How Risky Is an Investment in Baytex Energy Corp.?

Heavily indebted Baytex Energy Corp. (TSX:BTE)(NYSE:BTE) is reeling under the weight of weak oil prices and appears to have hit its breaking point. With crude at under US$40 per barrel, it has made the decision to further reduce capital expenditures and its cost base by turning off the spigots at wells that remain unprofitable in the current operating environment. This is never a good sign and has created considerable nervousness among investors. 

Now what?

Baytex is struggling to remain afloat as the harsh operating environment weighs heavily on the company. As a result, it has made the decision to yet again cut its capital budget by a further 33%, end its heavy oil development program, and shutter 7,500 barrels of daily oil production. This will see overall 2016 production fall to 75,000 barrels daily, 11% lower than it was in 2015.

When coupled with sharply weaker crude prices, this will see a decline in Baytex’s revenues over the course of the year and could place further pressure on its already precarious financial position.

Baytex is heavily indebted with long-term debt of almost $1.9 billion; it pays out about $112 million in annual financing costs alone. This debt is also more than 3.3 times Baytex’s cash flow from operations, highlighting just how heavily leveraged the company is and the burden this creates.

The decision to shutter production from existing operations and further cut investments in exploration and development doesn’t bode well for Baytex’s ability to pull through the current storm unharmed.

You see, one of the greatest concerns is that Baytex will be unable to replace those oil reserves lost through production and the natural decline of its existing well.

Nonetheless, to offset this risk, Baytex has decided to concentrate its capital expenditures and development program on its Eagle Ford acreage.

This makes sense because Baytex’s Eagle Ford acreage is far more profitable than its Canadian assets. Eagle Ford produces light, tight oil that receives the spot price for West Texas Intermediate (WTI). Its Canadian assets produce heavy crude that is known as Western Canada Select, and this trades at a considerable discount to WTI. At this time, the discount is at about 33%, but it was as high as 50% earlier this year.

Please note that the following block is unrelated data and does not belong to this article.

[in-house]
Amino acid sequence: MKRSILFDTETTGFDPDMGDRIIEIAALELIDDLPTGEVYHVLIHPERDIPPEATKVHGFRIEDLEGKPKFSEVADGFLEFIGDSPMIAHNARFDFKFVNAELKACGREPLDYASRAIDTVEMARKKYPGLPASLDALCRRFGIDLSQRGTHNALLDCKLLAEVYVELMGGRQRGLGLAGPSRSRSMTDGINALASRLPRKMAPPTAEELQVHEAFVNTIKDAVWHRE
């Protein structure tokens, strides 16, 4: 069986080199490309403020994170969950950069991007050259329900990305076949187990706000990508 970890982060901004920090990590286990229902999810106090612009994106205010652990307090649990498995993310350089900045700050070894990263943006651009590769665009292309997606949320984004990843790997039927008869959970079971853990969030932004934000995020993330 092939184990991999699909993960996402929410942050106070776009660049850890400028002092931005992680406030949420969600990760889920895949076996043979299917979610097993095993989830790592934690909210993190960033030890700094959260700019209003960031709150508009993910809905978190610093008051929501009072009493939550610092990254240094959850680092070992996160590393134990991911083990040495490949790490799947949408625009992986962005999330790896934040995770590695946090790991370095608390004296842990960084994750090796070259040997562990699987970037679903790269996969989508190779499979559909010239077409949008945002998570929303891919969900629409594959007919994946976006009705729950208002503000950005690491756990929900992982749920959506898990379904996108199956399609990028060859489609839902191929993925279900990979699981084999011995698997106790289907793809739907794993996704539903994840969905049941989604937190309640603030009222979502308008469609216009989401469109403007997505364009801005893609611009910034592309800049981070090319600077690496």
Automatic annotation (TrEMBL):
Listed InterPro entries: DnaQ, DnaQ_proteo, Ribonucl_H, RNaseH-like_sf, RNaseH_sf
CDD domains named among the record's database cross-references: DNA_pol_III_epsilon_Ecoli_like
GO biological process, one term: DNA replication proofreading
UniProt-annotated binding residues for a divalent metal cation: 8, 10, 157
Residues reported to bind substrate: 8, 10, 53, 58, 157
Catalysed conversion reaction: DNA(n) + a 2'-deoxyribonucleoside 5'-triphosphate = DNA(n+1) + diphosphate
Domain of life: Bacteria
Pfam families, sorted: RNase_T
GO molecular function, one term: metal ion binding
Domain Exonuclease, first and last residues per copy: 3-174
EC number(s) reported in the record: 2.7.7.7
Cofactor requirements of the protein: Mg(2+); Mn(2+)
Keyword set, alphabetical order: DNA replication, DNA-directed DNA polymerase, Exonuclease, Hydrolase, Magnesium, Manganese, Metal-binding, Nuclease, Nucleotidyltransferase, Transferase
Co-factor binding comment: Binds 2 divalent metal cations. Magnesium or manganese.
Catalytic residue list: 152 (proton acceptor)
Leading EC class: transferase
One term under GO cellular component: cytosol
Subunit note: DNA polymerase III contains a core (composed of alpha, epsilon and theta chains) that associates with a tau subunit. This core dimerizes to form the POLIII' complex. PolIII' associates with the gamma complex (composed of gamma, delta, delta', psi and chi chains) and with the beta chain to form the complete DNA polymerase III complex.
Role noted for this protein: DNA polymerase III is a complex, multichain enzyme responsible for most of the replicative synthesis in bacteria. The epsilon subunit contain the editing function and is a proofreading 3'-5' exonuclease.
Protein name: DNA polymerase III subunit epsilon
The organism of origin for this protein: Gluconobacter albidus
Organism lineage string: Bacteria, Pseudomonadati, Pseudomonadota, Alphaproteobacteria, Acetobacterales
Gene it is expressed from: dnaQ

Furthermore, Baytex’s Eagle Ford operations have lower cash costs than its Canadian operations. For 2015, these cash costs were US$16 per barrel compared to $16.50 for its Canadian operations.

Both of these factors mean that Baytex’s Eagle Ford acreage is far more profitable and remains cash flow positive in the current harsh operating environment. 

So what?

Baytex’s recent measures make it abundantly clear that sub-US$40 oil is the breaking point for many small Canadian upstream oil producers.

There are concerns about Baytex’s moves to cut its capital budget again and reduce spending to a point where it is not investing sufficient capital to replace oil reserves lost through production. However, the problem is not as severe as it first appears. The focus on its light tight oil assets in Eagle Ford makes sense as they are far more profitable and productive than its Canadian heavy oil assets.

Furthermore, with Baytex using the majority of its revised capital budget to continue drilling and fracking in Eagle Ford, its reserves and production of more profitable, light, tight crude can only continue to grow.

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Fool contributor Matt Smith has no position in any stocks mentioned.

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